Thursday, November 17, 2016
Pope's "Mouthpiece" Spadaro Calls Cardinal Burke a "Witless Worm," Then Deletes Tweet
The recent events involving Francis and his pontificate have been momentous. We may be witnessing the initial stages of an attempt to formerly "correct" a sitting pope for heresy.
Four cardinals sent the Pope a formal document or "Dubia" asking for clarification in the form of five simple Yes or No answers on the interpretation of the recent apostolic exhortation Amoris Laetitia. The Pope refused to respond.
Everyone knows why he refused. Pope Francis wants Amoris Laetitia to have a revolutionary effect on the Church. He wants it to be interpreted and taught by the bishops as allowing, among other things, communion for unrepentant adulterers. This, is of course heresy - a contradiction of the words of Christ as well as the tradition of the Church - and the Pope knows it. So, he can't explicitly confirm that the document says this. On the other hand, he can't explicitly deny that it says this, as this would largely quash the efforts of friendly bishops to put forward his desired heretical interpretation.
So he refused to respond. And after a decent interval, the cardinals went public. Now the Pope and his men are predictably engaged in an intensive campaign to vilify the cardinals and anyone who might be allied with them.
This is obviously thuggish. But much of it is also childish. Witness the behavior of Antonio Spadaro, "the pope's mouthpiece" who, like any good modern Jesuit, has apparently embraced the use of social media. Spadaro likes to use Twitter to promote his new book - a "conversation" with the Pope - but he also has a penchant for making snarky tweets attacking the Pope's opponents and then deleting them.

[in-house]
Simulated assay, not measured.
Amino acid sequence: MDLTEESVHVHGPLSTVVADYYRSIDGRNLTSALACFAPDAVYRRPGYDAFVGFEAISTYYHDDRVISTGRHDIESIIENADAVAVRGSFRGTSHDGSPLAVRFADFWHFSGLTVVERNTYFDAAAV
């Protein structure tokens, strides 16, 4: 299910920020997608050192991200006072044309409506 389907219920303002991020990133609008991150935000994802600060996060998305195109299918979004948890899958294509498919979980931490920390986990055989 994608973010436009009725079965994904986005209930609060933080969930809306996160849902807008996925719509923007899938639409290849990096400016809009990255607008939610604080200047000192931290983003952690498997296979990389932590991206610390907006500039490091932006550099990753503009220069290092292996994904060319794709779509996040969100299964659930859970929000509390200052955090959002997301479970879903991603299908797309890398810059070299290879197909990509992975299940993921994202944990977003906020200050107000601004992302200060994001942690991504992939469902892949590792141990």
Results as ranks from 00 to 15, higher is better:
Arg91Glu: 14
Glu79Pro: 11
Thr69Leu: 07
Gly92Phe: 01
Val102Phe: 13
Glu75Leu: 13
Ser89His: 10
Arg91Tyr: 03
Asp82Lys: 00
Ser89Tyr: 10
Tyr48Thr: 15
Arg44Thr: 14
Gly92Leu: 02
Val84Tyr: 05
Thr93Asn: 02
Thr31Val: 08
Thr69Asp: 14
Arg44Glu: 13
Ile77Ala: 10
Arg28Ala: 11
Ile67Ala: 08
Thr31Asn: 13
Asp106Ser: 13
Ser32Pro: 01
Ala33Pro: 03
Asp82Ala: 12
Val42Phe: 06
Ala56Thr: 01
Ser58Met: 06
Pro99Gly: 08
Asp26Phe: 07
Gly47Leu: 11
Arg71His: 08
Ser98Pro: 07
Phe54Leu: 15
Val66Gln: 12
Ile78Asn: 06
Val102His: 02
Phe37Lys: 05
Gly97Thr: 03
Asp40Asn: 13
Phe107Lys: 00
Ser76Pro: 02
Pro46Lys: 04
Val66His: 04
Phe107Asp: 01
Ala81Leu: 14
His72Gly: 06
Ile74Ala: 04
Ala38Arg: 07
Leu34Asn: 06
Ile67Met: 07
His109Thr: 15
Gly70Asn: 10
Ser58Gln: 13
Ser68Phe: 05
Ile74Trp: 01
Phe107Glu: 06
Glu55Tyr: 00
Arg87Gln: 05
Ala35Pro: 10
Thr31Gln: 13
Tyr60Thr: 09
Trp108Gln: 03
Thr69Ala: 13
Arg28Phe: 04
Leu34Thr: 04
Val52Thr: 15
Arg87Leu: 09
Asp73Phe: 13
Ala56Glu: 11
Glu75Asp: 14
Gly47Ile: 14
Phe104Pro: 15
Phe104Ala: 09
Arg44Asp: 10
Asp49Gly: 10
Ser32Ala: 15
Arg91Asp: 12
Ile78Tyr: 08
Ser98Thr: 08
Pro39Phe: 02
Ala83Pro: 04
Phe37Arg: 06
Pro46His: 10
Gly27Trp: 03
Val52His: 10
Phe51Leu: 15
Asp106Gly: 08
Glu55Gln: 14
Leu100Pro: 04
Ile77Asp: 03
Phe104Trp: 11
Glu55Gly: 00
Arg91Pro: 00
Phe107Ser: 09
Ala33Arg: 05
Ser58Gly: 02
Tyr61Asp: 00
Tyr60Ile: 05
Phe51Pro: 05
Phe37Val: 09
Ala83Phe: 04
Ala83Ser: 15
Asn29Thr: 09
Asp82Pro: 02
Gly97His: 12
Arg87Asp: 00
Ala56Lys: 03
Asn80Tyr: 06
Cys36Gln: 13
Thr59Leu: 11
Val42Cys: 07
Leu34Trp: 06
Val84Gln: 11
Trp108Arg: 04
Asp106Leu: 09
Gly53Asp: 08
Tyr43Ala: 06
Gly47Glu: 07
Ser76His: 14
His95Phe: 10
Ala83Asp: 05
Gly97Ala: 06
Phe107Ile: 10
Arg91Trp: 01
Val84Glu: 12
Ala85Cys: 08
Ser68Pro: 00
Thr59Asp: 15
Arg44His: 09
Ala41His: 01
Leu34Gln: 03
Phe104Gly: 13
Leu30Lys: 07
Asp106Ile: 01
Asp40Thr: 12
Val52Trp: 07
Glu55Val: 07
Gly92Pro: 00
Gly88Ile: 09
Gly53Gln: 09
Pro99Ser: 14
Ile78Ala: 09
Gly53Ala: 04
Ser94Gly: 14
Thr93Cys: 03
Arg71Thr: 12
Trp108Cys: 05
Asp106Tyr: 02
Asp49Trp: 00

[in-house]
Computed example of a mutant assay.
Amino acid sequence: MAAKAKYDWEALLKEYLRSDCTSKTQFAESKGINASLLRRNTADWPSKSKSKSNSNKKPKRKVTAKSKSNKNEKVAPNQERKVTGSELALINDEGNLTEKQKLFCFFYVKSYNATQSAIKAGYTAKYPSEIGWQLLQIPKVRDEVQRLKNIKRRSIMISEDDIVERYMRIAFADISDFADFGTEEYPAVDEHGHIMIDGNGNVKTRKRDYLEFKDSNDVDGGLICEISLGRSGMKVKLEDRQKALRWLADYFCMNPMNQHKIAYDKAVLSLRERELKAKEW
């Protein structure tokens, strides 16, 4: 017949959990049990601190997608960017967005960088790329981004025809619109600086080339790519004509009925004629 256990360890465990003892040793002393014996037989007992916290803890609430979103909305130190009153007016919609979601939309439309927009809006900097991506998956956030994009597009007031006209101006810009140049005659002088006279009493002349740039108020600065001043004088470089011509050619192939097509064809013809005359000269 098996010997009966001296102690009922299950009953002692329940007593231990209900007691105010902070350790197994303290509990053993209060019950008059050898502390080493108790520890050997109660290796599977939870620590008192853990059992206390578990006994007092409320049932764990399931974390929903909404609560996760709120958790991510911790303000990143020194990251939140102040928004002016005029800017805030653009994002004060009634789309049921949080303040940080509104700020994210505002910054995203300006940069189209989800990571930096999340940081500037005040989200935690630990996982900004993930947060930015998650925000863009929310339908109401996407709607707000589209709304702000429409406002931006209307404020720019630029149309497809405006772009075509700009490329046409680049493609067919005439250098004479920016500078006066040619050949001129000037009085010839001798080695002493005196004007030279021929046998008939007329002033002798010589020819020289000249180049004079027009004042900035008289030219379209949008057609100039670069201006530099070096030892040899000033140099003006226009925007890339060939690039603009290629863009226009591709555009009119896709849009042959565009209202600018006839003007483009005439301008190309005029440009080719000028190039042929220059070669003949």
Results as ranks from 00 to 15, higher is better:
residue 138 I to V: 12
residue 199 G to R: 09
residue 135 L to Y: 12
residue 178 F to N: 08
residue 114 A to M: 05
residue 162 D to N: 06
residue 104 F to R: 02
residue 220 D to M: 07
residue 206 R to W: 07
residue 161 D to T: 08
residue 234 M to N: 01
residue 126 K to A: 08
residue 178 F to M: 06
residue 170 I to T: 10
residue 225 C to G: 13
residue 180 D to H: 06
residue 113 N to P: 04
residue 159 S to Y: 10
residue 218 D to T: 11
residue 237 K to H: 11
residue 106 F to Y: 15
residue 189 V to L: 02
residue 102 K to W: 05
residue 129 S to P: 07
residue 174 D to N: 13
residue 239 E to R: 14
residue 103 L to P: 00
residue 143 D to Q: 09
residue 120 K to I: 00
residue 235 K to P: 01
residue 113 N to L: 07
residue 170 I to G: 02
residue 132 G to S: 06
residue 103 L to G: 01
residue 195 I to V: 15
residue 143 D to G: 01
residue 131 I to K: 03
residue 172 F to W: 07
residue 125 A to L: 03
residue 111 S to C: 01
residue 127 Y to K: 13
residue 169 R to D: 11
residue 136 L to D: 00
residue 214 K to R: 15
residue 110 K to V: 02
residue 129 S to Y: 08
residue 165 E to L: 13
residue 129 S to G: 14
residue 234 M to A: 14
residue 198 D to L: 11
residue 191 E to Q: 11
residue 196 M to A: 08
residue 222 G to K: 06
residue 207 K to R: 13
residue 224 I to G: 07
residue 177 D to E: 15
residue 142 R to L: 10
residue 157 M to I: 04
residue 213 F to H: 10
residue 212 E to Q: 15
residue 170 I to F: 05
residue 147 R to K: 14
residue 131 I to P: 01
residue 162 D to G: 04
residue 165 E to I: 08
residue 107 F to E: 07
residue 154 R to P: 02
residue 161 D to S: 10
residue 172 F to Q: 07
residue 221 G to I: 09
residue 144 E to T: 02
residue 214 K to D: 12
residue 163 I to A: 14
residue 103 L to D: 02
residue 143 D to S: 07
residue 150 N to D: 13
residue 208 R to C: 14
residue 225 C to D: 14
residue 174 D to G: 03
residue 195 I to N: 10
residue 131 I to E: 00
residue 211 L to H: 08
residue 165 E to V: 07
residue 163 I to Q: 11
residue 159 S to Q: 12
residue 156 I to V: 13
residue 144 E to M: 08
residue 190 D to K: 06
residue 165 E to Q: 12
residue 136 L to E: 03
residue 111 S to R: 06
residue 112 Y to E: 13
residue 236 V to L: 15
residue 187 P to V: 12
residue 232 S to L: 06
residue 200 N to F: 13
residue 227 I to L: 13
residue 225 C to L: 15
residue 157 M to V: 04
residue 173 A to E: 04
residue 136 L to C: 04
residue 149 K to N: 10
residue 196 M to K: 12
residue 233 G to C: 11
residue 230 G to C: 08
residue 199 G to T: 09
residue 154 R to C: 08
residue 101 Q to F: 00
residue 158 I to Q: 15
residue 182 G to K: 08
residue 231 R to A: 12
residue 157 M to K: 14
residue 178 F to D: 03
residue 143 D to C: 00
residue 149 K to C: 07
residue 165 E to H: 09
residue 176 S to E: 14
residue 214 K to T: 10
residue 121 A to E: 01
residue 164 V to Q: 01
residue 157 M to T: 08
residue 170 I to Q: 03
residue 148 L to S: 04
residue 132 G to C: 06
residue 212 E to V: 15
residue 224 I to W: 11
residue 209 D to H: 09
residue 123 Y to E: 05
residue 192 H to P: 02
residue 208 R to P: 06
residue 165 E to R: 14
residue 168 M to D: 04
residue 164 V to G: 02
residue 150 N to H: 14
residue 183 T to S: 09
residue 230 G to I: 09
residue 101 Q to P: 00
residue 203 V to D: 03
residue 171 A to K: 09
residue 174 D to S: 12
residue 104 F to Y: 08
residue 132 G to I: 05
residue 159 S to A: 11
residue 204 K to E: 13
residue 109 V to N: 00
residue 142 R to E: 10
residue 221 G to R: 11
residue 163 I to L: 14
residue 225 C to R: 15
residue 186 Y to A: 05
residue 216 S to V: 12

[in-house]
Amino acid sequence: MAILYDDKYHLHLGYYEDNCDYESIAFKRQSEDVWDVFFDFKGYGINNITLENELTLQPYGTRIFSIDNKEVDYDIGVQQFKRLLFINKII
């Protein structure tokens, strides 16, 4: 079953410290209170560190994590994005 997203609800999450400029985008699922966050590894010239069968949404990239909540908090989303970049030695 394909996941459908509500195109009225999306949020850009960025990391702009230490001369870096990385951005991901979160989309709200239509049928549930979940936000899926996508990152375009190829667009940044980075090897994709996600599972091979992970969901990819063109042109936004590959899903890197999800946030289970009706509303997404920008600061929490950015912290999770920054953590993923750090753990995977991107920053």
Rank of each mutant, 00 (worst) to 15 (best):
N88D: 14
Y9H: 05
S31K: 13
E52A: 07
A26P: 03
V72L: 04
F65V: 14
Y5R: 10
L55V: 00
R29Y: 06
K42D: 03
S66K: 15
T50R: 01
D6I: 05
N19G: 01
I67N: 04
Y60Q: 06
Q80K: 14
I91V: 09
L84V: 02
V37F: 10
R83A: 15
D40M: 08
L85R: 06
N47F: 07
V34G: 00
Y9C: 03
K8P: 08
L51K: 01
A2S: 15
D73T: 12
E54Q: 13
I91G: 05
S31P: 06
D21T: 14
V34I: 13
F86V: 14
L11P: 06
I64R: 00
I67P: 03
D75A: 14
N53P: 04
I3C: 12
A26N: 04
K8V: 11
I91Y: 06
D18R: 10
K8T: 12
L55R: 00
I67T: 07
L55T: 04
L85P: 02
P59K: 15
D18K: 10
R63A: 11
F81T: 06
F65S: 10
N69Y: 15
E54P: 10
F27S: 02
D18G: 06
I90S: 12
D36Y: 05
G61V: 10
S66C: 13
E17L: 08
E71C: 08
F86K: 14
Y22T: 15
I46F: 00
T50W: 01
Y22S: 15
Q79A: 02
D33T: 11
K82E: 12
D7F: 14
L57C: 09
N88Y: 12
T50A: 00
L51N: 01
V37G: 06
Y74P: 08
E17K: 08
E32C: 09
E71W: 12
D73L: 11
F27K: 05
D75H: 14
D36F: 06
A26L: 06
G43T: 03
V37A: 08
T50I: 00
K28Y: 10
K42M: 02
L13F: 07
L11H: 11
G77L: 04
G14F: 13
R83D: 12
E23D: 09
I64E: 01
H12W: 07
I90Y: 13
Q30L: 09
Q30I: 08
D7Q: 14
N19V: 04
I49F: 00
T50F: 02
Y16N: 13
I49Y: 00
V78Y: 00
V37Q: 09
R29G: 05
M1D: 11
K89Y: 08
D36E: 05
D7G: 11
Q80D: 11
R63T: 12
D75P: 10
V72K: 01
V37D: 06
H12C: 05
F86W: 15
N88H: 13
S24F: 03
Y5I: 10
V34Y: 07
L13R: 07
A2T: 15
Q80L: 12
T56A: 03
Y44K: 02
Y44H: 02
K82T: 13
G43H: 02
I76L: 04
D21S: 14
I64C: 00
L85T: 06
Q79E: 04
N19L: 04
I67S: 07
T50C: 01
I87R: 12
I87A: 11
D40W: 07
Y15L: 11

For example, a few days ago he tweeted this:
Then he deleted it and replaced it with this:
I'm not sure why the second is any less snarky than the first, but there it is.
A few hours later, amidst a set of tweets defending Amoris Laetitia and attacking the cardinals and their supporters, Spadaro tweeted this (I preserved the previous tweet so people could see where it fit into the stream):
Then at some point he deleted that as well.
Here is what that part of the stream looks like now:
Whatever you think of Ian McKellen, Christoph Schonborn is not an improvement.
The original is of course a scene from the Lord of the Rings Trilogy, where Gandalf is speaking to the traitor Wormtongue - the "witless worm."
Yes, one of the Pope's closest allies wants you to think that those who supported the "Dubia" are akin to the traitorous spies of Saruman.
And Pope Francis is Gandalf.
(Excuse me? Did I hear you just choke?)
What will he try to use next to righteously hound the enemies of Francis, Game of Thrones? Harry Potter? The Cat in the Hat?
But in truth, the allusion isn't a bad one if one changes the roles. It is the Pope and his supporters who use "crooked words," refusing to state plainly what they really mean. The success of their project depends on crooked words.
Maybe Spadaro took down his tweet because the irony was too rich even for him.
Or maybe he just can't help tweeting and deleting, tweeting and deleting, tweeting and deleting.
What did someone once say about the banality of evil?